Unconventional Water Detection: Field Test of the Dowsing Technique in Dry Zones: Part 1
Hans-Dieter Betz, Dept. of Physics, am Coulombwall 1, University of Munich, D85748 Garching, Germany
This report presents new insights into an unconventional option of locating water reserves which relies on water dowsing. The effectiveness of this method is still rightly disputed. Now, however, extensive field studies in line with provable and reliable historic accounts have shown that a few carefully selected dowsers are certainly able to detect faults, fissures and fractures with relative alacrity and surprising accuracy in areas with, say, crystalline or limestone bedrock. A series of Deutsche Gesellschaft für Technische Zusammenarbeit (GTZ) projects involving this technique were carried out in dry zones with unexpectedly high rates of success. In particular, it was possible to locate a large number of relatively small underground aquifers in thinly populated areas and to drill wells at the sites where water is needed; the yields were low but sufficient for hand-pump operation throughout the year. Finding or locating a sufficient number of relatively small fracture zones using conventional techniques would have required a far greater work input.
The relevance of the method used was tested under various aspects. On the one hand, project areas with different geological characteristics were chosen and, on the other hand, the relevant circumstances and project results were carefully examined by geology experts. So far, neither critical consideration of all possible objections nor attempts at reasoning have yielded a conventional explanation for the persistent success of the dowsing technique an outcome which has been corroborated by a number of specifically designed control experiments and comparative tests. The trend of the reported findings is concordant with that exhibited by the findings from recent scientific research carried out, for example, by a Swedish geological institution and universities in Munich. Provided that certain conditions are met, the results obtained show the dowsing technique to be a serious alternative for ground-water prospecting. It can thus be concluded from these present experiences that the effectiveness of locating ground water in certain hydrogeological situations could be raised significantly if conventionally organized operating teams were to make additional use of appropriately tested and selected dowsers in order to pinpoint drilling spots. Along these lines, a model of integration, which has already been tested on a pilot scale in some of the GTZ projects presented herein, is discussed and proposed for future provisional use. The high success rates described in this report suggest the design of specific tests for future use which may contribute to a scientific clarification of the dowsing phenomenon. At the same time, there is the possibility of an especially useful transfer of practical knowledge concerning water-resource development. Finally, due to its biophysical background the issue might be of importance to bionics; further treatment should aim at technical simulation of the proven albeit unexplained effects of the dowsers in order to create new and more effective measuring procedures.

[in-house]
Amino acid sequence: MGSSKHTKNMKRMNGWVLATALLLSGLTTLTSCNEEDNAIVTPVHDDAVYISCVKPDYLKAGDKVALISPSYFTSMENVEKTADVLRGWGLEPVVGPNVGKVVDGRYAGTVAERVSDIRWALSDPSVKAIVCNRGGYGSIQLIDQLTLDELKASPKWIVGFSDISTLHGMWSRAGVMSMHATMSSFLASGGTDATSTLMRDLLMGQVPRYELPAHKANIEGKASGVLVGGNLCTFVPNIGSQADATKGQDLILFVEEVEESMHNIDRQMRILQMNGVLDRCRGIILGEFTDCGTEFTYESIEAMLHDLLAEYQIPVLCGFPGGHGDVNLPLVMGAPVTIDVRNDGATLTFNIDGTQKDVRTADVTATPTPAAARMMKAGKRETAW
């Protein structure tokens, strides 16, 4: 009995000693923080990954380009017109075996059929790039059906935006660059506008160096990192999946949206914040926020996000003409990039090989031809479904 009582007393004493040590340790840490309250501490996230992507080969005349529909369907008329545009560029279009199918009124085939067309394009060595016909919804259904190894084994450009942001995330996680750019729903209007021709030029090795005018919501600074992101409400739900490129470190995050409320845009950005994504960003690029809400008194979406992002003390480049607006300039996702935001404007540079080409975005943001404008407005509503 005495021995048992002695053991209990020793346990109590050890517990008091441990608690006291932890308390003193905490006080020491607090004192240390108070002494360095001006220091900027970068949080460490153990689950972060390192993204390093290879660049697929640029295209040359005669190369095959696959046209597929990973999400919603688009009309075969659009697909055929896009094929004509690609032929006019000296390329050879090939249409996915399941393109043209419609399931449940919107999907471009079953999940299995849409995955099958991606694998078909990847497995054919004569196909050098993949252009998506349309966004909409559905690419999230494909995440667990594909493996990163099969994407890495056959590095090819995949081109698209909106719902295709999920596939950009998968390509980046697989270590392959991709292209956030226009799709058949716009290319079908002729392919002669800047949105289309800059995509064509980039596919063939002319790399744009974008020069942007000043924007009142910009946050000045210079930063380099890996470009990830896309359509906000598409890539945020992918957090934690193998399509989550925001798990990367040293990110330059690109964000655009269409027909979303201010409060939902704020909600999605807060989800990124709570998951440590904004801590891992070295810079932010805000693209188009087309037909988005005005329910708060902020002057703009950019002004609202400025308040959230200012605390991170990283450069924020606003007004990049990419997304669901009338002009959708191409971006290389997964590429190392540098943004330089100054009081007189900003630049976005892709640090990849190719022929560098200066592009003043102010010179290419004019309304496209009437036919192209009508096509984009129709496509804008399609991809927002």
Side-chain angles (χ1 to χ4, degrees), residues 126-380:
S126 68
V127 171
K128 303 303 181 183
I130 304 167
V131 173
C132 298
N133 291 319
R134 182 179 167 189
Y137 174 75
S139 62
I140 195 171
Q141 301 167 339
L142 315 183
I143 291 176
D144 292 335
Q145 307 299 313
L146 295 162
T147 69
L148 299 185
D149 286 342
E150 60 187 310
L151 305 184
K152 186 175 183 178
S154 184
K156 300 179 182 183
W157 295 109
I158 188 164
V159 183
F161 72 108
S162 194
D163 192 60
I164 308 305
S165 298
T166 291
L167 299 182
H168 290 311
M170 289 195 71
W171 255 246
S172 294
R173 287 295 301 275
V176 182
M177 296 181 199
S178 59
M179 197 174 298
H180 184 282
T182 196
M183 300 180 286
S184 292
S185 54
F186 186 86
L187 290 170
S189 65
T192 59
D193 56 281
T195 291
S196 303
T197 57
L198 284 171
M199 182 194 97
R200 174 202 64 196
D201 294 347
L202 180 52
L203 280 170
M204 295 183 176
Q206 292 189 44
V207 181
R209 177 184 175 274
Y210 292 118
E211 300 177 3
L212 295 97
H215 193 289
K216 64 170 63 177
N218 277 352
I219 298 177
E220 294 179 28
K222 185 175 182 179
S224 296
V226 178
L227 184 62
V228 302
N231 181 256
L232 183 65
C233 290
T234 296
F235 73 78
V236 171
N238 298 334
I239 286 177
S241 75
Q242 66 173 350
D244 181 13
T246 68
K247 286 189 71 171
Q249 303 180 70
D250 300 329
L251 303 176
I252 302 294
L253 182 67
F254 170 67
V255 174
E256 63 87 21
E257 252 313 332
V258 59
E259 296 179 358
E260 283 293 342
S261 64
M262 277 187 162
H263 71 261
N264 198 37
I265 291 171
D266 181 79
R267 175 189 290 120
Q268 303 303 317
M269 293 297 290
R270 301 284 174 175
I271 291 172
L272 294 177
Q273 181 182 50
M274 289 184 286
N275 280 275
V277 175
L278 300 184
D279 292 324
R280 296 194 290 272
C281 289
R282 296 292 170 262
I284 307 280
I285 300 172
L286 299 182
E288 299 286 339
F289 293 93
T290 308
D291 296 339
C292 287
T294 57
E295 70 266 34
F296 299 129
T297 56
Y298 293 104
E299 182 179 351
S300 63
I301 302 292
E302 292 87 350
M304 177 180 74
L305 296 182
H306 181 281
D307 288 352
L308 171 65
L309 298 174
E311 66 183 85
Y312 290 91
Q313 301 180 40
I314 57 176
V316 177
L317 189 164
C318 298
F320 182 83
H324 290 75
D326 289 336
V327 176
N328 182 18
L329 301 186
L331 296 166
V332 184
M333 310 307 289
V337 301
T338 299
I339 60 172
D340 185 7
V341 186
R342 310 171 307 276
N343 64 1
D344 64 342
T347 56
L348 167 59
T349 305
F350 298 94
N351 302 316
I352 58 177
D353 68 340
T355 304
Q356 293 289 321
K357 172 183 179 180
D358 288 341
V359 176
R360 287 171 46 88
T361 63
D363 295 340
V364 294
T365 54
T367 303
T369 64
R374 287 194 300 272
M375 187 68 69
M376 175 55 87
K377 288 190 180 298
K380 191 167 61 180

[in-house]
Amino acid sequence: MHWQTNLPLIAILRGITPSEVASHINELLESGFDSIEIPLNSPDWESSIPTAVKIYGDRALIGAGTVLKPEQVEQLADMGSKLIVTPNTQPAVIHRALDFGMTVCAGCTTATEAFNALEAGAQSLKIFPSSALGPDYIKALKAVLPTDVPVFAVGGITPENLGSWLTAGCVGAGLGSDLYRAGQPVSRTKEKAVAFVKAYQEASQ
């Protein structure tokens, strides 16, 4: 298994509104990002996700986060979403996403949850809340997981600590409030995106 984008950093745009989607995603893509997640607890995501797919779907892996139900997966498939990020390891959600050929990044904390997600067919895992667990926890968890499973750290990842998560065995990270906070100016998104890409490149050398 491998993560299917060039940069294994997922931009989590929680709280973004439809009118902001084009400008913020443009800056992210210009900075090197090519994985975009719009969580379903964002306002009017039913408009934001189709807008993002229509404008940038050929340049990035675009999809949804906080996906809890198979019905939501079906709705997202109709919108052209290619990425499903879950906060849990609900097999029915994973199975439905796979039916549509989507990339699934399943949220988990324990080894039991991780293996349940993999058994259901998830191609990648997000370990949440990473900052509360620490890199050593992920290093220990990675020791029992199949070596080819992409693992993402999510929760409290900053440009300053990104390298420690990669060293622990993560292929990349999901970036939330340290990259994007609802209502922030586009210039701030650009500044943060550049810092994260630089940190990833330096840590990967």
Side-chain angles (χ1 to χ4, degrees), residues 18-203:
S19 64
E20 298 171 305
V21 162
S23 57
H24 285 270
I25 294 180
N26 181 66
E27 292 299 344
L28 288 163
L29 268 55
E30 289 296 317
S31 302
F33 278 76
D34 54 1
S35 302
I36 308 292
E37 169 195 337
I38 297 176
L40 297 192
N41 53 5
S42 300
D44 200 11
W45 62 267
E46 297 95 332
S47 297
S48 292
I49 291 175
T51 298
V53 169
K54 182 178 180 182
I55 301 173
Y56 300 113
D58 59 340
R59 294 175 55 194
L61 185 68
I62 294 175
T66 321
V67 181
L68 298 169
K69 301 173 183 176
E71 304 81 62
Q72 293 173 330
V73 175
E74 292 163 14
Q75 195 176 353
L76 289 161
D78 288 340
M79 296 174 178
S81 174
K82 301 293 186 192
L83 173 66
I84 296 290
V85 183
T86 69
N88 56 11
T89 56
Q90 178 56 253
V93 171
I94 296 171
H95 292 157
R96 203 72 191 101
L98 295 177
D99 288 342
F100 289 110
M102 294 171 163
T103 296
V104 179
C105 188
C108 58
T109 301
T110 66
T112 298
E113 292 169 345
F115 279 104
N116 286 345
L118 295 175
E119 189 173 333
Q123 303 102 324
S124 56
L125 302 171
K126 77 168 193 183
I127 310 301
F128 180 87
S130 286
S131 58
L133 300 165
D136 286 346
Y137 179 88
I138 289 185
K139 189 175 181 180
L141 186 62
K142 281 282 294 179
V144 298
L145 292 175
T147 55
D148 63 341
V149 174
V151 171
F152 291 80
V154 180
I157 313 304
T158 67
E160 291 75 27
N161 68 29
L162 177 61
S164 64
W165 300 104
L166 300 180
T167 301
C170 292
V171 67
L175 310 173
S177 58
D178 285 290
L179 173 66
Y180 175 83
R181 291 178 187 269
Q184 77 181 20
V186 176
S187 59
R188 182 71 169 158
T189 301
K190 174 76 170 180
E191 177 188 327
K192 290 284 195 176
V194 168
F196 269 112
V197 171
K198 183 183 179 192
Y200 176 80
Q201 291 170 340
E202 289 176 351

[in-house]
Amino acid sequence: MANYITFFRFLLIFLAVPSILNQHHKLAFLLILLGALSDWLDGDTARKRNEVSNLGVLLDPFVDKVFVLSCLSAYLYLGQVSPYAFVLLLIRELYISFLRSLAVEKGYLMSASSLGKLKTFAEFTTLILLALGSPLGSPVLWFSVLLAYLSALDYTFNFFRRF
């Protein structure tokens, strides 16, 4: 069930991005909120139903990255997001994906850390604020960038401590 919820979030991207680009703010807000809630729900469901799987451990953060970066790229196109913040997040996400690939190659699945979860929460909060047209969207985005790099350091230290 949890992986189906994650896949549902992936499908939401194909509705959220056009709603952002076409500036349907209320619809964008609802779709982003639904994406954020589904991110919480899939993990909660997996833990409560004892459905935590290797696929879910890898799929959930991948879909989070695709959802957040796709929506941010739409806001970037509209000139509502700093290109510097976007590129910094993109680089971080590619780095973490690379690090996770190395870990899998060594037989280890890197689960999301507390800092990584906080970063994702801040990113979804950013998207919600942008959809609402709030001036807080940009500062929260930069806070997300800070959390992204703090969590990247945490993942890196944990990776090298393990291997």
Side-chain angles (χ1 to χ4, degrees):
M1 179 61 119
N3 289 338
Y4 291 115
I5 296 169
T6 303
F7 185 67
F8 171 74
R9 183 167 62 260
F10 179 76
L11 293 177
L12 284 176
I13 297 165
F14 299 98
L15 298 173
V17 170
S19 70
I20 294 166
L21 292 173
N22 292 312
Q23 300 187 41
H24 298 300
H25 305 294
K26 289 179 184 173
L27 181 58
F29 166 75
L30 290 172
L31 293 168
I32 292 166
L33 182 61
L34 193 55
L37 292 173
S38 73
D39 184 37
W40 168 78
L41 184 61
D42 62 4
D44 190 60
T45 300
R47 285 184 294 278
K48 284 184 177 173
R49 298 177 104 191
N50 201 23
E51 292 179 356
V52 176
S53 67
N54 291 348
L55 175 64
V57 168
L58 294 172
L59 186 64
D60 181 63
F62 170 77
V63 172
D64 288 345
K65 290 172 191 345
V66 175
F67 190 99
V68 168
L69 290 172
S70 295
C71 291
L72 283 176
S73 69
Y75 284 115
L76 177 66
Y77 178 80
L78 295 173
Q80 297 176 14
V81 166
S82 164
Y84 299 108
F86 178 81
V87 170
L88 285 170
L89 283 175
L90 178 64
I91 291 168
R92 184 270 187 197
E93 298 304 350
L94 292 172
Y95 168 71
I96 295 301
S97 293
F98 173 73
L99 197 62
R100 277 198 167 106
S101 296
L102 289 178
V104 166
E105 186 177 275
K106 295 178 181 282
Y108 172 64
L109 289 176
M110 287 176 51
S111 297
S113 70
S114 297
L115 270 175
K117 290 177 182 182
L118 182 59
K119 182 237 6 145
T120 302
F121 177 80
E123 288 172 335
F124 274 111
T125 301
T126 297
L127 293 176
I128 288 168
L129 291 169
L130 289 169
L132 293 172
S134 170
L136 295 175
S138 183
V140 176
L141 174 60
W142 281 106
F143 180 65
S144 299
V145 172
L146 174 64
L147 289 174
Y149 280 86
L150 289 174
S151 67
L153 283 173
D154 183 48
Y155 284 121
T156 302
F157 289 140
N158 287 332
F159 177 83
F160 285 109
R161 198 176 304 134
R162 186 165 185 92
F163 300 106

(Part 2 appears in JSE Vol. 9 No. 2, June 1995.)